1. peppery（of food)
2. rapierlike（cynicism, wit)
e.g. ピリっとした甘さ (piritto shita amasa) spicy sweetness
See alc.co.jp for more.
A few Indian restaurants in my area serve a dish called sitafal curry (シターパル・カレー), a kabocha-squash-based curry, which I had never had till I came to Japan.* I’ve had it both sweet and spicy. After I learned how to make palak paneer, I wanted to try my hand at kabocha curry. My Indian colleague said that sitafal is a fruit in India, but they don’t really use it in curry. When I looked online for a recipe in Japanese, Google just linked to restaurant menus and Japanese curry-rice with kabocha; English sites yielded similar results. Now that I know how palak paneer works, I swapped kabocha for the spinach and completely readjusted the spices to complement the kabocha.
発酵乳 (hakkounyuu): fermented milk, yogurt. Yogurtis commonly called ヨーグルト (youguruto) in Japanese, after the Turkish term also used in English.
I have a Master’s Degree–in Science Japan Studies!
My 2011 New Year’s resolution is to reduce my plastic waste, and the best way I know how to do this is to be a better shopper. This week, I went to the co-op across the street from the nice grocery in town and found locally produced milk in glass bottles that you bring back to the store so the farm can reuse them. Excellent!
I don’t drink milk fast enough to justify buying a lot of it, so I usually get soy milk, which lasts longer—but has unrecyclable packaging.* With this milk, I decided I would need to make something with it to help use it up—scones or kabocha soup. Then I remembered this idea that had been floating in the back of my mind: yogurt.
The finished product!
名物料理 (meibutsu ryouri): local specialty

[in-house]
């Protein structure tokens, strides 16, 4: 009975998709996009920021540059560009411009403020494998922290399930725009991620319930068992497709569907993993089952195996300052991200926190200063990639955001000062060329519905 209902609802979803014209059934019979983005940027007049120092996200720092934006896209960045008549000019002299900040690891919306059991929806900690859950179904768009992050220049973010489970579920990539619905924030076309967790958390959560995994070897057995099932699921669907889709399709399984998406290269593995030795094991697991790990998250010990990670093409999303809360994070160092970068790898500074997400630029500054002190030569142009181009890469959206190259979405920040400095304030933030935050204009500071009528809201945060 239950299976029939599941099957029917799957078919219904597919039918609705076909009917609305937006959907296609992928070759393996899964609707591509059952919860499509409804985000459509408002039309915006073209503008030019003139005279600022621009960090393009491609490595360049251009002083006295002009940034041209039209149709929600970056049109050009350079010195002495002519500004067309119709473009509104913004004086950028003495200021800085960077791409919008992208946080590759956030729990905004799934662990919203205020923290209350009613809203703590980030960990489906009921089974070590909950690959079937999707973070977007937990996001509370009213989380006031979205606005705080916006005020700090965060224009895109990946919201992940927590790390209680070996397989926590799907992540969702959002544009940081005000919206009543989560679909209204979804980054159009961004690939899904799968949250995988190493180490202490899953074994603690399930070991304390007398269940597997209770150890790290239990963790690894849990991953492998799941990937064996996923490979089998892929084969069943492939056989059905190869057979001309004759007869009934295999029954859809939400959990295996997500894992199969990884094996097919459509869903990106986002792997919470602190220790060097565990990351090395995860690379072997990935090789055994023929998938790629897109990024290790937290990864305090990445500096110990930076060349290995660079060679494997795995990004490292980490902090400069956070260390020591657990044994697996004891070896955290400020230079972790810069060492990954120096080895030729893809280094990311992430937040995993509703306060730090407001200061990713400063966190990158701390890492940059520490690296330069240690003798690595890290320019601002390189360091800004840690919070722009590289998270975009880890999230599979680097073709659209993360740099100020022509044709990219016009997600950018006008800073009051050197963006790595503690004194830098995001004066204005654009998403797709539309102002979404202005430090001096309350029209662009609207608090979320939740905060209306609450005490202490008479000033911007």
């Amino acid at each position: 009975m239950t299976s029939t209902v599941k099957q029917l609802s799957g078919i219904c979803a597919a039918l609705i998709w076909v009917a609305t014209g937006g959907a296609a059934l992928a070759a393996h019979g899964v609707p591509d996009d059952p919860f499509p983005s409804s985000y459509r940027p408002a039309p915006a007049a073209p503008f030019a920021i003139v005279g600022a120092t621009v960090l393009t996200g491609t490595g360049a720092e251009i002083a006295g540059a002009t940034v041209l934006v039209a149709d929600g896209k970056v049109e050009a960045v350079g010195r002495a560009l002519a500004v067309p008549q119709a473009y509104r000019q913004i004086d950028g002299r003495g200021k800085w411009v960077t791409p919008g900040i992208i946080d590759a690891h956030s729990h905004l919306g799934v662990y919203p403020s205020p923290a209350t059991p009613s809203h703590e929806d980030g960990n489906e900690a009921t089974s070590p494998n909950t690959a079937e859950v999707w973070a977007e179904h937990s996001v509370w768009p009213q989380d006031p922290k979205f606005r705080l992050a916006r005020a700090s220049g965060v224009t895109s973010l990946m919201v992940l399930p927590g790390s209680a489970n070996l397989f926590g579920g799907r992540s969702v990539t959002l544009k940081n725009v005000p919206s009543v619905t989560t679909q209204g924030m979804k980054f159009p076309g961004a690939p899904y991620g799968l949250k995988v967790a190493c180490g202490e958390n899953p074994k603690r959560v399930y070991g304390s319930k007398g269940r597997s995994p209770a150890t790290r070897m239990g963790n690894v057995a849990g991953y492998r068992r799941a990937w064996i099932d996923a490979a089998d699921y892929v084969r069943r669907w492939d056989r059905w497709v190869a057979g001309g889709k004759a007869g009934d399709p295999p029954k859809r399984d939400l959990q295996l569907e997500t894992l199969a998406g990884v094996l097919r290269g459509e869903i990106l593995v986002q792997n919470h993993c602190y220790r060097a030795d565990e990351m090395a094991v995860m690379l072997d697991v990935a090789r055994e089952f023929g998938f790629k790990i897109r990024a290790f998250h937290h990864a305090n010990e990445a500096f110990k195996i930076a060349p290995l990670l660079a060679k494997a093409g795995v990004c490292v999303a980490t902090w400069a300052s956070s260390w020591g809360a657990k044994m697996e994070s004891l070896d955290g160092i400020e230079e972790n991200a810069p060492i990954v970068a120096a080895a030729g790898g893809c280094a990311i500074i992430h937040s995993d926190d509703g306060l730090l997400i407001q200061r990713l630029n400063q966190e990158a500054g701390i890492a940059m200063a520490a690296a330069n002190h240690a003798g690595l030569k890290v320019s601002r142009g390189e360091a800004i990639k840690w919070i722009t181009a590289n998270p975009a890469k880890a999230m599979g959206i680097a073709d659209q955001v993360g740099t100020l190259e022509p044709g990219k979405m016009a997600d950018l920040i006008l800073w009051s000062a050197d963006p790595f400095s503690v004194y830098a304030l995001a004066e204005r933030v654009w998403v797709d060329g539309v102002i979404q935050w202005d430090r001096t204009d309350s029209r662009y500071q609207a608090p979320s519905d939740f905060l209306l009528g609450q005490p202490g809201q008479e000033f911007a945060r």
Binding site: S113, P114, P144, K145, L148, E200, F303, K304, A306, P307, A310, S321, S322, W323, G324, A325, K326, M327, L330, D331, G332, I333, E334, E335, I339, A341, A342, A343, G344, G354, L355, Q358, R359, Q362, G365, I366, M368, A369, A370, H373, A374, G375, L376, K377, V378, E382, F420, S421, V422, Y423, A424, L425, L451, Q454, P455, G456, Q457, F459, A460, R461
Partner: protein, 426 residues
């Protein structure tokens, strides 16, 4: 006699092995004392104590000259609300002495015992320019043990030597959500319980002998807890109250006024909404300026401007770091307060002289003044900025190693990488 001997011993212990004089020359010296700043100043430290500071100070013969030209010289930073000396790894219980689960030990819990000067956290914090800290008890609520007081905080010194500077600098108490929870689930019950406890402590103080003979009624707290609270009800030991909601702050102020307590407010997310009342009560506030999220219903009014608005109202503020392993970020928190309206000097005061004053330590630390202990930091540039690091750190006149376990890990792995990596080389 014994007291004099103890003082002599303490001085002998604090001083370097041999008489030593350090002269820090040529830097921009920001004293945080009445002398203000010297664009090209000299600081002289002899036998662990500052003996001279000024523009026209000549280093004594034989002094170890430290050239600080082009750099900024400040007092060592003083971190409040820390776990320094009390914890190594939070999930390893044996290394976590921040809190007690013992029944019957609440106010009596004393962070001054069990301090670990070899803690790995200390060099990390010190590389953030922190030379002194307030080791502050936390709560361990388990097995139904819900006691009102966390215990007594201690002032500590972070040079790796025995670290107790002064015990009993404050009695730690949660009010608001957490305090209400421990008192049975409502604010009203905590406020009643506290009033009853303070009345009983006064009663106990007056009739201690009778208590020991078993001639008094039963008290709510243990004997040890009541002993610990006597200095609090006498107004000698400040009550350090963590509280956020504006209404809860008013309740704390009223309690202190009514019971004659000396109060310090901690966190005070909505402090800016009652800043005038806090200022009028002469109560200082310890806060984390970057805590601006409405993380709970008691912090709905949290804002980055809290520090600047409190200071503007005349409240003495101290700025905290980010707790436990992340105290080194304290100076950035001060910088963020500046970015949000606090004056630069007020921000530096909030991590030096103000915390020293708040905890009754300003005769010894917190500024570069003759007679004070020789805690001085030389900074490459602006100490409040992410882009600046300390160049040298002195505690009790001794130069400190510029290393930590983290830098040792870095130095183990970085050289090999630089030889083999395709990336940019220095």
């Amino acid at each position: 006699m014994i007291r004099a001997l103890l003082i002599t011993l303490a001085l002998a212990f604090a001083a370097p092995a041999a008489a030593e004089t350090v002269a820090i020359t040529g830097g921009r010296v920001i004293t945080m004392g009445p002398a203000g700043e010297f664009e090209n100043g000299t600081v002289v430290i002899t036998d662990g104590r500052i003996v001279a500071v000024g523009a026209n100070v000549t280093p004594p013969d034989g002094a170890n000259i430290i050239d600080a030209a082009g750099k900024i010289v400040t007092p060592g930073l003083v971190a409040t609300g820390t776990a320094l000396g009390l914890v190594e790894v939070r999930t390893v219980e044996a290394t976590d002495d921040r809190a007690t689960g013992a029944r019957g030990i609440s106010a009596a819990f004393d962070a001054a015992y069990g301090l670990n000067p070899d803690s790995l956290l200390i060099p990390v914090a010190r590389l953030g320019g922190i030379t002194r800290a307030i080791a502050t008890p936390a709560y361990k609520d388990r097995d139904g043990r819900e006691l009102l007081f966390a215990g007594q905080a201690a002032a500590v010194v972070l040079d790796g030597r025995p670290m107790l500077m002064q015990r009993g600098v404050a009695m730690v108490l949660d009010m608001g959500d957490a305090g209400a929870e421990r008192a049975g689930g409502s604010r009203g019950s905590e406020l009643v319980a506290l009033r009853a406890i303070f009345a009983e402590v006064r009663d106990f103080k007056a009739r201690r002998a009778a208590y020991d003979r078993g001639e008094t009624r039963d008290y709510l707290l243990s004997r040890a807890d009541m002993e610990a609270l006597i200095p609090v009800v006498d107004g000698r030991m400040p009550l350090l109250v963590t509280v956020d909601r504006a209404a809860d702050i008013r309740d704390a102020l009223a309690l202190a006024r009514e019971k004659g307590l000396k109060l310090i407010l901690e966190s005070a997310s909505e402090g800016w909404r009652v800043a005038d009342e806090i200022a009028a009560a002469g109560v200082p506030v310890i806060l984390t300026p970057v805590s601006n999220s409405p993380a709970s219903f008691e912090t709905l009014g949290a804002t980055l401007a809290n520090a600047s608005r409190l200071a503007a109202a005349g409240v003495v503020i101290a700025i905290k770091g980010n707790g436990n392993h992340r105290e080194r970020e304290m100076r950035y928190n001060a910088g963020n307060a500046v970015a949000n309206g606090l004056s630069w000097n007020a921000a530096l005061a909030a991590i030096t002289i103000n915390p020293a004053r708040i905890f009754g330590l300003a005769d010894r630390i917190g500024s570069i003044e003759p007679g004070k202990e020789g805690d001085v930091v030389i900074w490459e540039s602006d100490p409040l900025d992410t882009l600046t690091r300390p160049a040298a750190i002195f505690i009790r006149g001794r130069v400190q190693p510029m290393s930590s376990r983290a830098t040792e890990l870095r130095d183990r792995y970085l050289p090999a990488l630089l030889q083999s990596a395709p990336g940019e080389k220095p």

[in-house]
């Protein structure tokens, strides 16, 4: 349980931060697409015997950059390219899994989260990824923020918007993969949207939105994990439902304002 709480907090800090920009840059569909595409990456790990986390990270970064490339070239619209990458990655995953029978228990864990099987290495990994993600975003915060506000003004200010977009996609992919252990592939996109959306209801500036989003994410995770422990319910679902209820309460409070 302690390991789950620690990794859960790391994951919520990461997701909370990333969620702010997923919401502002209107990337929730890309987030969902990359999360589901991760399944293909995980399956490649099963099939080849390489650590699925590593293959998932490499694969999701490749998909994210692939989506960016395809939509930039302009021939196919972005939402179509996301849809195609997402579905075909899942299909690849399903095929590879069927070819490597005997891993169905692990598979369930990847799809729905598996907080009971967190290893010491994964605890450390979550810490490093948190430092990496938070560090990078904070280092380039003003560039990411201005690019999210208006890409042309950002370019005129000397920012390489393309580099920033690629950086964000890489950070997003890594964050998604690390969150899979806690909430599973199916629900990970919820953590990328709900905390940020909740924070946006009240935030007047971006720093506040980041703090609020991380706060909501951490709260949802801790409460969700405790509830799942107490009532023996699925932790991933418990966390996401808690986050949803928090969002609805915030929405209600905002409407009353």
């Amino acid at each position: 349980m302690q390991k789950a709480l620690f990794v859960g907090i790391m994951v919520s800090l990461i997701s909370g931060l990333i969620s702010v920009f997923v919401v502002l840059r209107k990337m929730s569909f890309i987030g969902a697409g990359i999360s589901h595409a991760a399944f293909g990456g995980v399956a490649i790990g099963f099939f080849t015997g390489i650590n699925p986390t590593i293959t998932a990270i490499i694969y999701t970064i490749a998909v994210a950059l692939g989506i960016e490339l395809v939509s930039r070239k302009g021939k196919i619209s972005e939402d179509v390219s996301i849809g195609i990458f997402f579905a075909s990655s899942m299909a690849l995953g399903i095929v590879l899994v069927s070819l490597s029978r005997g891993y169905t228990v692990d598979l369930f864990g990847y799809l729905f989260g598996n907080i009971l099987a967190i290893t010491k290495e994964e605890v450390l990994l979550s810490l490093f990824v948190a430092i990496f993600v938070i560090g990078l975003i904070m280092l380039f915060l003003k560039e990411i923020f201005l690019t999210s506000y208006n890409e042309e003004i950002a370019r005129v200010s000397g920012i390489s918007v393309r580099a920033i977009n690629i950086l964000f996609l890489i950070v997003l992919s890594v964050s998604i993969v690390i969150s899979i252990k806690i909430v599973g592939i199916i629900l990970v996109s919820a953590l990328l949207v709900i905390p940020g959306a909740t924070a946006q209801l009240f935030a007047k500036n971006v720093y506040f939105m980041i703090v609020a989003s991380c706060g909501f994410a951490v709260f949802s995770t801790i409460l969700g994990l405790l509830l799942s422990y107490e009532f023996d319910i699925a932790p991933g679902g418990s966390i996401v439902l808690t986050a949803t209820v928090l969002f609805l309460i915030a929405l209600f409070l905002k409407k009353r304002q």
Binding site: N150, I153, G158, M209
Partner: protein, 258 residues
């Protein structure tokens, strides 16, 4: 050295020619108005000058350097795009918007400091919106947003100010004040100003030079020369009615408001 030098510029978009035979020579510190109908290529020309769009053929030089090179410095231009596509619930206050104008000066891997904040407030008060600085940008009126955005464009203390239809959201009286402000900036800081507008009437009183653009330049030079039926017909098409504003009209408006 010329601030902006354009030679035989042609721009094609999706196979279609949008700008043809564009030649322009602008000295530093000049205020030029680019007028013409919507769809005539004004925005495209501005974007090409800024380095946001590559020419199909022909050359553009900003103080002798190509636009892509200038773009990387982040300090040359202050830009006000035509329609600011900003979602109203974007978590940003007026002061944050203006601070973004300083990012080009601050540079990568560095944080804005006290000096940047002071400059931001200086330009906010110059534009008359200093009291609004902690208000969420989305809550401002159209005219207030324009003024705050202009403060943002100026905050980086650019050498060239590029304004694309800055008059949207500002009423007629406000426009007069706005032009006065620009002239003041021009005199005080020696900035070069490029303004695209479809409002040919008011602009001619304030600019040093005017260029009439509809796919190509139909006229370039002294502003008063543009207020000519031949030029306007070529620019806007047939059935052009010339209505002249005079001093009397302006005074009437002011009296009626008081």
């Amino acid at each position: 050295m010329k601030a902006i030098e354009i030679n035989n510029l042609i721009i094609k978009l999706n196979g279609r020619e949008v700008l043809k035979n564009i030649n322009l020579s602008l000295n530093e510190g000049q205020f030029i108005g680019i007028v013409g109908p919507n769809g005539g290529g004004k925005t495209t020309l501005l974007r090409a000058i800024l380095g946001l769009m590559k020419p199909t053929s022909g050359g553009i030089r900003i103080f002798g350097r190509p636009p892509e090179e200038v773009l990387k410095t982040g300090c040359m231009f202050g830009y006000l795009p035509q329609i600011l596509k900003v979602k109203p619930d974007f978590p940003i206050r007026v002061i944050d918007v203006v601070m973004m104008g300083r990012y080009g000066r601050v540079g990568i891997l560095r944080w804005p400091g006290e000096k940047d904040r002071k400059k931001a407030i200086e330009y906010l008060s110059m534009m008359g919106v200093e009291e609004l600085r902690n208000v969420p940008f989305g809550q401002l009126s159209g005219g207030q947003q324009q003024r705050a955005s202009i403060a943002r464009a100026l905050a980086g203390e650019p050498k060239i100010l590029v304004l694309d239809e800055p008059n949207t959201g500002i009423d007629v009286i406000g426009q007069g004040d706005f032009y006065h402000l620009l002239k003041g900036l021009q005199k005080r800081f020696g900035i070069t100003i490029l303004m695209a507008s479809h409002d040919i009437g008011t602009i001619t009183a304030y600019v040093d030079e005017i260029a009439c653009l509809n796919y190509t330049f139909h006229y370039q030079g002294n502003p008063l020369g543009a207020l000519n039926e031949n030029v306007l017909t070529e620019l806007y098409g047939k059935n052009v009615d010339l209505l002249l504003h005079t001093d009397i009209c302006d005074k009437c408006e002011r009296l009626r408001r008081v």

Nagano is delicious!
長野に、何をした？善光寺？ <What’d ya do in Nagano? Go to Zenkôji?>
はい、それと地獄谷の猿に見に行きました。 <Yes, and I also went to see the monkeys at Jigokudani.>
温泉に入るさるやね。ああ、長野に、何を食べた？<The onsen monkeys, right? Oh, what’d you eat there?>
そうですね。。。そばとそば茶とそばまんじゅうとリンゴ。。。<Let’s see–soba, soba manjû, soba tea, shichimi, apples…>
おやきは？ <Did you try oyaki?>
Oyaki--Like a savory manjû.
Regional and seasonal food in Japan is Serious Business.™ When I go on trips, I try to make a point of eating the regional specialties. Nagano is famous for a lot of delicious things. I bought the most delicious and cheapest of apples I’ve had in Japan at a stand with a cash box outside Zenkôji in Nagano City–4 for 200 yen! I discovered that Nagano actually has apricots, which are scanty and expensive in my region. I tried the regional Kit Kat flavors: shichimi, “seven-spice,” and apple.
Nagano is also famous for Shinshuu soba (信州, the name of the former province to which Nagano belonged). In addition to soba noodles, there’s soba ice cream, Western pasta made with soba, and soba tea. I had some lovely soba manjû, a sweet with a buckwheat-noodle-based “skin” around sweet red-bean paste, and oyaki, which is like a manjû but made with soba. I had savory vegetable and kabocha oyaki as well as a sweet apple one.
サクサク (sakusaku): crunchy, crisp (as of vegetables); flaky (pastry crust)
“What is your favorite American food?” a student asks.
“Brownies!” my Japanese coworker says. “Definitely brownies,” I add.
“ブラウニーって？” <What are brownies?>
“チョコレートケーキみたいが–” <Well, it’s like chocolate cake, but–>
“表面はサクサク–” <The top is all flaky–>
バリバリ (baribari): (Japanese onomatopoeia) crunchy, crispy, the sound of tearing, gung-ho.
The three of us were sitting at a Vietnamese restaurant in Nagano. Having eaten Vietnamese all of once before moving to Japan, I poked at a noodle dish with my chopsticks. “I think there’s coconut milk in this sauce,” I said. “Coconut milk’s not that hard to find. I wonder how you make this.”
“Leah, the conclusion you always come to is ‘I’ll make it myself!’” my friend said. Her friend, who had only met me yesterday, nodded vigorously.
I’ve spent hours pondering over the making of the mysterious シターパルカレー (kabocha curry) at the Indian restaurant near the station. Spent weeks perfecting cookie recipes to work in my Japanese oven range. I spend meals out with friends talking about other food we’ve eaten.
I came to Japan to start a career in cultural exchange, but it was in Japan that I truly learned how to cook. I post a lot of my food pictures to facebook and I write about life in Japan on three other blogs, but until now, there’s been nowhere for me to share my food experiences and recipes. And so, of course, there was only one possible option for the title of this blog:
I’ll make it myself! 自分で作るぞ！